Teaching Cleveland institute

The Teaching Cleveland Institute (TCI) is a professional development program for any k-12 educators interested in connecting their students to Cleveland history, economics, and public policy. Every TCI also ends with ways to engage the youth in issues that matter to them.

Educators learn from area leaders of organizations, experts in history and public policy, and activists changing people’s lives.  Teachers will develop classroom-ready curricula for immediate use and earn graduate credit or CEUs if interested.

If you are a teacher, and you love Cleveland, join us!  You’ll be glad you did.

What educators need to know:

  • Graduate credits are available through Ashland University and CEUs are available through the Educational Services Center of Cuyahoga County

  • Aligns with Ohio Common Core Standards (social studies)

  • Cost is $250 per person

  • ONLINE REGISTRATION IS CLOSED. Please email teachcleveland@gmail.com to see if space is available for the summer TCI.

Questions: Email teachcleveland@gmail.com

summer TCI Information

the history of race and ethnicity in cleveland

The Teaching Cleveland Institute will meet Monday, July 29 through Wednesday, July 31 from 8am to 4pm.

Ever wonder how the racial landscape of the Greater Cleveland community came to be?  Where the ethnic enclaves were in Cleveland? Are you an educator or an education professional who wants to explore race and identity, the history of race and ethnicity in Cleveland, and the legacies of structural racism? Then join us for the 2019 Teaching Cleveland Institute (TCI)!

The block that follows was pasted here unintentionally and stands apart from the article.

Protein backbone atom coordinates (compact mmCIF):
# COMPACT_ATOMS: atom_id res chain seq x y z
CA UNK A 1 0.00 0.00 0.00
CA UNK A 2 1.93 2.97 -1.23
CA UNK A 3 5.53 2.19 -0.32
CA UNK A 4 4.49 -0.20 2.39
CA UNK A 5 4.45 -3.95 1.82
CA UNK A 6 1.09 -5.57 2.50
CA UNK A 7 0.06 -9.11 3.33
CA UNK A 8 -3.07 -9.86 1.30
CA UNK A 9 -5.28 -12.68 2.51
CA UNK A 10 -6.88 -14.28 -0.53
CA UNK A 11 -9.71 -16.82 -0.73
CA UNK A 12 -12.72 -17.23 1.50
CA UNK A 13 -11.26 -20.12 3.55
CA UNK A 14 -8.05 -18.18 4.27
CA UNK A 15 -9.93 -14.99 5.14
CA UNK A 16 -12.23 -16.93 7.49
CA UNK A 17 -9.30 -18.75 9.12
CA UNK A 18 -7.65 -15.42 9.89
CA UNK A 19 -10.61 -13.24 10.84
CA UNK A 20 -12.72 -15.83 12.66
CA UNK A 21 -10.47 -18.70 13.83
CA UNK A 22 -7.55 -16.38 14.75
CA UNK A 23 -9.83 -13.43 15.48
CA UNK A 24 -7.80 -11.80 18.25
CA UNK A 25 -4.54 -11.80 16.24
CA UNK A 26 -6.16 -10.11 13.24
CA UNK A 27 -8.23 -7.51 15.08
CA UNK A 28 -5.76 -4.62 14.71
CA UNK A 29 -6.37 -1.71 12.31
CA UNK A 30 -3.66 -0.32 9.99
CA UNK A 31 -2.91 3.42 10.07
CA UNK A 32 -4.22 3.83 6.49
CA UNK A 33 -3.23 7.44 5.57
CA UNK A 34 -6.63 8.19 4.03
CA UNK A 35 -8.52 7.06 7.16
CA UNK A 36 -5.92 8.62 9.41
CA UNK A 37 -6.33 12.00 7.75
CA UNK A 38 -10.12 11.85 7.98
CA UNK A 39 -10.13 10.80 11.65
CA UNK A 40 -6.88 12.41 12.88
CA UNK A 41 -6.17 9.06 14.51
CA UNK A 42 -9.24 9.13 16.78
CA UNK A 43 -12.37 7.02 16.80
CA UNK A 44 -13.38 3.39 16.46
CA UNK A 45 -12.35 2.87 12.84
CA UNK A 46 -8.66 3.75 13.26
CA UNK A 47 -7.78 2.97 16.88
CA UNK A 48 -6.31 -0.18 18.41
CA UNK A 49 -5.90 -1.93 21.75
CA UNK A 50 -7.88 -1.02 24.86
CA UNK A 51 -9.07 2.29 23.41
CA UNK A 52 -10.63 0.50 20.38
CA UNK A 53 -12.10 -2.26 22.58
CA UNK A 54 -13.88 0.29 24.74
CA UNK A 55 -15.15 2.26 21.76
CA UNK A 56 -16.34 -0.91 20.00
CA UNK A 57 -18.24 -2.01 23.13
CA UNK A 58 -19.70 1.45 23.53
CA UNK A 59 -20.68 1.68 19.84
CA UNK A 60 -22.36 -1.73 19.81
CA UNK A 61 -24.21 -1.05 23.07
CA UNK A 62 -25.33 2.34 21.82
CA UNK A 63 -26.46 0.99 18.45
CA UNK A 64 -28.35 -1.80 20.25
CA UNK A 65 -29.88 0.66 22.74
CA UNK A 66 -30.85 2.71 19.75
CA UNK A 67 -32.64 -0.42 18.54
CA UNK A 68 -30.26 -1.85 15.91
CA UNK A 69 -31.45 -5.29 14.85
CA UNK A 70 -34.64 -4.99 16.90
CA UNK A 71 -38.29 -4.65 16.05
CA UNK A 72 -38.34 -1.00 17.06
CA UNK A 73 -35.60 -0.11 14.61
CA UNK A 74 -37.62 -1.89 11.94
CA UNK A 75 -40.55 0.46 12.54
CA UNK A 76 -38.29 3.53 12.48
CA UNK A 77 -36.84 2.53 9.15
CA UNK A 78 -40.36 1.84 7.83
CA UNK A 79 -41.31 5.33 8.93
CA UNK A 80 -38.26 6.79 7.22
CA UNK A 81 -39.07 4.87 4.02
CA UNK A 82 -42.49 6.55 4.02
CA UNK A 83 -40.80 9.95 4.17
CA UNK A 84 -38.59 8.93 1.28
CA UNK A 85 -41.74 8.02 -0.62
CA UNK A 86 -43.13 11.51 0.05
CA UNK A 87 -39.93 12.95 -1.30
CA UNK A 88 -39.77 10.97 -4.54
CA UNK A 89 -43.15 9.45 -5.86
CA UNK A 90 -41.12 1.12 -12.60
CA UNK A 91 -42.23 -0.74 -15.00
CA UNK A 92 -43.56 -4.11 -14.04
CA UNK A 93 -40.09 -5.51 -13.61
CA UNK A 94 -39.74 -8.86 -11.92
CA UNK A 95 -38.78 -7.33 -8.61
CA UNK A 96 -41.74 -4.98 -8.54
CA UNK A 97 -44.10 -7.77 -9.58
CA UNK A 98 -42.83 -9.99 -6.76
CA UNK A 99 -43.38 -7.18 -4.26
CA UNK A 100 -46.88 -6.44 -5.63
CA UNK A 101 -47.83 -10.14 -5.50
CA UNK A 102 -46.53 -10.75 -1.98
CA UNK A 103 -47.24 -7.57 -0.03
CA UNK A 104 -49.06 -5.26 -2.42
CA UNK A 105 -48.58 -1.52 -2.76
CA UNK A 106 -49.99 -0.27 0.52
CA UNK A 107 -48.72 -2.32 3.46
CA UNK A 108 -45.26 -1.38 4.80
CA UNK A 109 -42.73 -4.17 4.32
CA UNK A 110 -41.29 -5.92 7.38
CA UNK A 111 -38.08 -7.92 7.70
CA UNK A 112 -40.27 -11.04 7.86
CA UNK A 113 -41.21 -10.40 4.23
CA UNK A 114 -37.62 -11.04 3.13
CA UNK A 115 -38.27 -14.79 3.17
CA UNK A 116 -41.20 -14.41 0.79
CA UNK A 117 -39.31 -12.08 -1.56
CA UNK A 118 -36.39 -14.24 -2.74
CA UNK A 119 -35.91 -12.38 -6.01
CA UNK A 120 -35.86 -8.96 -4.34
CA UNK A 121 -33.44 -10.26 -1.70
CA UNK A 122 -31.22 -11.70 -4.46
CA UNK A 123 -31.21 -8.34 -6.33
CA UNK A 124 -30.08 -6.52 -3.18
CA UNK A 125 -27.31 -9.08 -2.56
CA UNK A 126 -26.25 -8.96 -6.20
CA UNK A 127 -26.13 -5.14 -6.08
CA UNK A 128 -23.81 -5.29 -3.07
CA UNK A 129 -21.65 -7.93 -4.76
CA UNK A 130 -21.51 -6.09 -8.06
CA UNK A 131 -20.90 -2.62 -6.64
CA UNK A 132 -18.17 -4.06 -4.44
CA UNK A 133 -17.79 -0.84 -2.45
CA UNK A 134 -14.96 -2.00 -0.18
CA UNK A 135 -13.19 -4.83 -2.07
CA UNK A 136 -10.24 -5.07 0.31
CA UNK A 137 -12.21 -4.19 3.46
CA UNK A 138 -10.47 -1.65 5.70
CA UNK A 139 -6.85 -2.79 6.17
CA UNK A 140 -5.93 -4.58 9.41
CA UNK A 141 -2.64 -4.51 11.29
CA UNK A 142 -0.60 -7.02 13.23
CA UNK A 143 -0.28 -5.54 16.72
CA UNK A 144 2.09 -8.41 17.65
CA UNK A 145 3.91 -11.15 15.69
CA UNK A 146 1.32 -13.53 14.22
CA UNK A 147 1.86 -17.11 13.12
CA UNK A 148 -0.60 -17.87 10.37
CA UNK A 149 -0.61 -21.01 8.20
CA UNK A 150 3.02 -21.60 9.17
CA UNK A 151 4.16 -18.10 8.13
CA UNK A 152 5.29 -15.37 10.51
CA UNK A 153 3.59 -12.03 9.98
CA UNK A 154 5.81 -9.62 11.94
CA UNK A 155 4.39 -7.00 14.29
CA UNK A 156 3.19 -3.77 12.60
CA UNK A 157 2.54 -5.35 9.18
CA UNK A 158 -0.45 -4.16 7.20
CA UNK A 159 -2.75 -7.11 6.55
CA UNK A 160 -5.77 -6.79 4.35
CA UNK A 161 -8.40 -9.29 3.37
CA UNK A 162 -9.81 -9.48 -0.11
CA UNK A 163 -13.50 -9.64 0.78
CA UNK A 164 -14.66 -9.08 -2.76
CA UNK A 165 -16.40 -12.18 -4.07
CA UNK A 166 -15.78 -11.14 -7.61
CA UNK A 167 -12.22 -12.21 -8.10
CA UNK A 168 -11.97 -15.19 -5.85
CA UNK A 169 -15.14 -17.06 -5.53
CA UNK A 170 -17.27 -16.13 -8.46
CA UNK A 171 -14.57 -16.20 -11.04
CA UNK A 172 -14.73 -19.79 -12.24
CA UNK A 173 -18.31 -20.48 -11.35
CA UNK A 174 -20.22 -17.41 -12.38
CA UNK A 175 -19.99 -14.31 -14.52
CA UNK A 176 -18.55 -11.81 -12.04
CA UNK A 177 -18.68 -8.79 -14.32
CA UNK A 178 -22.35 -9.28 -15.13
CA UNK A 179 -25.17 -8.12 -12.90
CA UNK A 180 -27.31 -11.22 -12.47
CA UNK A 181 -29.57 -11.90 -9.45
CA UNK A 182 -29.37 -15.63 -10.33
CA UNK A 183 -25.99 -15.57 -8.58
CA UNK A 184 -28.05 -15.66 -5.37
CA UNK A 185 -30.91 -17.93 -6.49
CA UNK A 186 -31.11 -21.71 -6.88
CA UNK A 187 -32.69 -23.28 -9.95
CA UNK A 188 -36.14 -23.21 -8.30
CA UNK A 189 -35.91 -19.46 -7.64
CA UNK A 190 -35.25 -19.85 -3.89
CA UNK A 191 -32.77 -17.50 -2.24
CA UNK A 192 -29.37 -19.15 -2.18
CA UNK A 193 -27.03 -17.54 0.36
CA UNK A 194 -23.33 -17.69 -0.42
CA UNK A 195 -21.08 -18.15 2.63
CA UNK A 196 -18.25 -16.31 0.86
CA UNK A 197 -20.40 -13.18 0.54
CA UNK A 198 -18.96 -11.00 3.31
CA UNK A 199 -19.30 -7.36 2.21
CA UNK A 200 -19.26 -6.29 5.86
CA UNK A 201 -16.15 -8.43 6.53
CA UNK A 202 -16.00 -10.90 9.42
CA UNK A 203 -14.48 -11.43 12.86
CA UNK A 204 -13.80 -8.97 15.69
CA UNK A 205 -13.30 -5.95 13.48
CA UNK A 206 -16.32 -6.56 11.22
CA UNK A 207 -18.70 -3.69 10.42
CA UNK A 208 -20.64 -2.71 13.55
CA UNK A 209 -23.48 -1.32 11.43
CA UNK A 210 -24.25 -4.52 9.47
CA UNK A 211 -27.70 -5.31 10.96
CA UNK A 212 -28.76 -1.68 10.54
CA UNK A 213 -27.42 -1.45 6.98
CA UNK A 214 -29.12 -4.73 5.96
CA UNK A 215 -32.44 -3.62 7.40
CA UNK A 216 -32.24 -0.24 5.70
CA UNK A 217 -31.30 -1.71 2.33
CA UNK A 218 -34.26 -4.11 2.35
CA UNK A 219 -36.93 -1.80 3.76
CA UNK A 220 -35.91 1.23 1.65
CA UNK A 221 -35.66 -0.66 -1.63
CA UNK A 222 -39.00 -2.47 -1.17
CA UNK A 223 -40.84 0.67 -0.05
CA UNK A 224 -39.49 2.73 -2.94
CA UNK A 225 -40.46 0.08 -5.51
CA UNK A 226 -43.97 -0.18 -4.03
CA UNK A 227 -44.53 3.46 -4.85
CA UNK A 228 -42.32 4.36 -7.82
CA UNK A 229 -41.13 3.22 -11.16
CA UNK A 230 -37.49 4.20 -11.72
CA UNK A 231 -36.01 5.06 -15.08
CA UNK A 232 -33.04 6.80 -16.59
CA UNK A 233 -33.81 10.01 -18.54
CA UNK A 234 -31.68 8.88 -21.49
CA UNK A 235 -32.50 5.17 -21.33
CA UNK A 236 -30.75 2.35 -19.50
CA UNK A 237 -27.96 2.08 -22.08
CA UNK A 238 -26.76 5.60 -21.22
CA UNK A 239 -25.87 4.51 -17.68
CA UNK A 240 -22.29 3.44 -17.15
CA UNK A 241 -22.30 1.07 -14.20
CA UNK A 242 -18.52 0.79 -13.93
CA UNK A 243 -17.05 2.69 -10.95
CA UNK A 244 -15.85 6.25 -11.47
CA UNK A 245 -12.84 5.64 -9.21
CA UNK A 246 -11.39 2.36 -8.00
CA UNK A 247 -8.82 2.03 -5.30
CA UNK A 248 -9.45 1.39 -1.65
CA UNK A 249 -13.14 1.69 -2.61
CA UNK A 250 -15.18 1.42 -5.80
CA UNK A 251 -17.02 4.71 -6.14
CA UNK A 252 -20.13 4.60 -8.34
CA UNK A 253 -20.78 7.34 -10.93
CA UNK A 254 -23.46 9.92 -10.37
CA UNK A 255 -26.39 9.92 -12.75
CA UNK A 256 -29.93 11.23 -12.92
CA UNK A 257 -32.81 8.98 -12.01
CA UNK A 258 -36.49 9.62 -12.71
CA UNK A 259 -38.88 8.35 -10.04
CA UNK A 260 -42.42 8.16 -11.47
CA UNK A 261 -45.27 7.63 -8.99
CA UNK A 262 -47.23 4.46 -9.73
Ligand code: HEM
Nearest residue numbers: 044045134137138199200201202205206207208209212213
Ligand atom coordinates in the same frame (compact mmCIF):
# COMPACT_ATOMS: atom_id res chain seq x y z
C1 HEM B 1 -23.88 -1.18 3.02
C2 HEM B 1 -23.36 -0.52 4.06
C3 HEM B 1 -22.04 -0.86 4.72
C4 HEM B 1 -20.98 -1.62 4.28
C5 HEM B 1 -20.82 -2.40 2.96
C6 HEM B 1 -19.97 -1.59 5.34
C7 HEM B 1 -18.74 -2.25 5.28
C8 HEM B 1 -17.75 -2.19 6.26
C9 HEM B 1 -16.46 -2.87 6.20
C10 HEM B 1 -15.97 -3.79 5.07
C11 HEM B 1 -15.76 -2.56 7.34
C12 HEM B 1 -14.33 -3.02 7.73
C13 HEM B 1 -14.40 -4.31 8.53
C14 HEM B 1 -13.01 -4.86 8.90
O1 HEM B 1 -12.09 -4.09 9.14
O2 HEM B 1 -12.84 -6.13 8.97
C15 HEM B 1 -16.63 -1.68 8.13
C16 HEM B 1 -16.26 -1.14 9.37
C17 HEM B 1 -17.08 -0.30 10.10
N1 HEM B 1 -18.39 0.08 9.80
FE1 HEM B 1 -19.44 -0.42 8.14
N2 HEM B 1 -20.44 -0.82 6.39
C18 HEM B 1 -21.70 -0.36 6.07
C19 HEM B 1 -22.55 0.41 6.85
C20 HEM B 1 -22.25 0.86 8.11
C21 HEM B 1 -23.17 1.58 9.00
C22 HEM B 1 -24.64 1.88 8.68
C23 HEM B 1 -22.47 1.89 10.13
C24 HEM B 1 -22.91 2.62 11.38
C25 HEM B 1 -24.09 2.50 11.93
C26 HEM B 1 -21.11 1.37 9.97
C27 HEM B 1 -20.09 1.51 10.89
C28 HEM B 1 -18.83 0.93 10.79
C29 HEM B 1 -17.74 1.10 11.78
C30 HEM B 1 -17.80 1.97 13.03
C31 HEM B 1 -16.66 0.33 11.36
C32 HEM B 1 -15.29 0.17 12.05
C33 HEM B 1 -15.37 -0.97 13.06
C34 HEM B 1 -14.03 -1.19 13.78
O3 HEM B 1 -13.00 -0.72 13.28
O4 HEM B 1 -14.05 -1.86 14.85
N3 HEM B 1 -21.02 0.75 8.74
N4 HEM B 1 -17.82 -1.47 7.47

You will investigate bridging the racial divide in Cleveland by learning about the region's history and its impact on where we find ourselves today.

The first day will focus on race and identity.  Participants will explore their identity through a racial lens and discuss their personal experiences through a series of activities, media, and presentations.

The second day will concentrate on Cleveland's history through the lens of immigration, the Great Migration, and suburbanization, all of which led to conflict and violence in the 1960s during the Hough Riots and the Glenville Shootout.  Past TCI participants will present their lessons and activities about these topics as well.

The third day will explore the legacies of structural racism in Greater Cleveland today.  Community leaders will share their work, as those who have done so have included Cleveland State University professor Ronnie Dunn and the Social Justice Institute's Rhonda Williams.

Our growing network includes teachers from:

Beachwood High School
Birchwood School
Citizens Leadership Academy
Cleveland School of Science and Medicine, John Hay High School
Communion of Saints School
Design Lab High School, John Adams High School
Early College, John Hay High School
Euclid High School
Financial Services Academy, John Adams High School
Garfield Heights High School
Gilmour Academy
Hathaway Brown School
Horizon Science Academy
Hawken School
Lakewood High School
Laurel School
Max Hayes High School
Montessori High School
Magnificat High School
Mayfield High School
North Olmsted High School
North Royalton High School
Notre Dame College
Parmadale School
Rocky River High School
St. Edward High School
St. Ignatius High School
St. Joseph Academy
St. Martin de Porres High School
Shaker Heights High School
University School
Village Prep Academy
Warner School for Girls
Western Reserve Academy


"It's extremely important that the young people in our region understand the rich history of Greater Cleveland so that they can someday carry the torch with zeal . . . we are proud to be affiliated with such an important and exciting program.” Randell McShepard, RPM International